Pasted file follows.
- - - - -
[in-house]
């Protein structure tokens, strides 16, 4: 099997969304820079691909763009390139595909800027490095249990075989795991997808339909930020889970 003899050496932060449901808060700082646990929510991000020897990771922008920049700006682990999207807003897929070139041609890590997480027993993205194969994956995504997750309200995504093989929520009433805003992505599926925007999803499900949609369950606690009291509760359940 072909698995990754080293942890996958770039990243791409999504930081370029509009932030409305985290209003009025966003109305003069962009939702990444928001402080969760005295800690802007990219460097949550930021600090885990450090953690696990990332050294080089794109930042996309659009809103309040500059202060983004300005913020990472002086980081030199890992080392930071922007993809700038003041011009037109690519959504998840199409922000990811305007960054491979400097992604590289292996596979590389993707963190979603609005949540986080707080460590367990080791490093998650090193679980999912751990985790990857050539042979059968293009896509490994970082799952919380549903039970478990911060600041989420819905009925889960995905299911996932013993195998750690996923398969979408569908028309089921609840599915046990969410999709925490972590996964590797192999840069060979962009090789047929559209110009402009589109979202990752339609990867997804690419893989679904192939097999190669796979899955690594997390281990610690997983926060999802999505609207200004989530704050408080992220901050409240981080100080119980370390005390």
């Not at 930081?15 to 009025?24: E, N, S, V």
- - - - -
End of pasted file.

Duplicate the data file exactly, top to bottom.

[in-house]
């Protein structure tokens, strides 16, 4: 099997969304820079691909763009390139595909800027490095249990075989795991997808339909930020889970 003899050496932060449901808060700082646990929510991000020897990771922008920049700006682990999207807003897929070139041609890590997480027993993205194969994956995504997750309200995504093989929520009433805003992505599926925007999803499900949609369950606690009291509760359940 072909698995990754080293942890996958770039990243791409999504930081370029509009932030409305985290209003009025966003109305003069962009939702990444928001402080969760005295800690802007990219460097949550930021600090885990450090953690696990990332050294080089794109930042996309659009809103309040500059202060983004300005913020990472002086980081030199890992080392930071922007993809700038003041011009037109690519959504998840199409922000990811305007960054491979400097992604590289292996596979590389993707963190979603609005949540986080707080460590367990080791490093998650090193679980999912751990985790990857050539042979059968293009896509490994970082799952919380549903039970478990911060600041989420819905009925889960995905299911996932013993195998750690996923398969979408569908028309089921609840599915046990969410999709925490972590996964590797192999840069060979962009090789047929559209110009402009589109979202990752339609990867997804690419893989679904192939097999190669796979899955690594997390281990610690997983926060999802999505609207200004989530704050408080992220901050409240981080100080119980370390005390």
């Not at 930081?15 to 009025?24: E, N, S, V």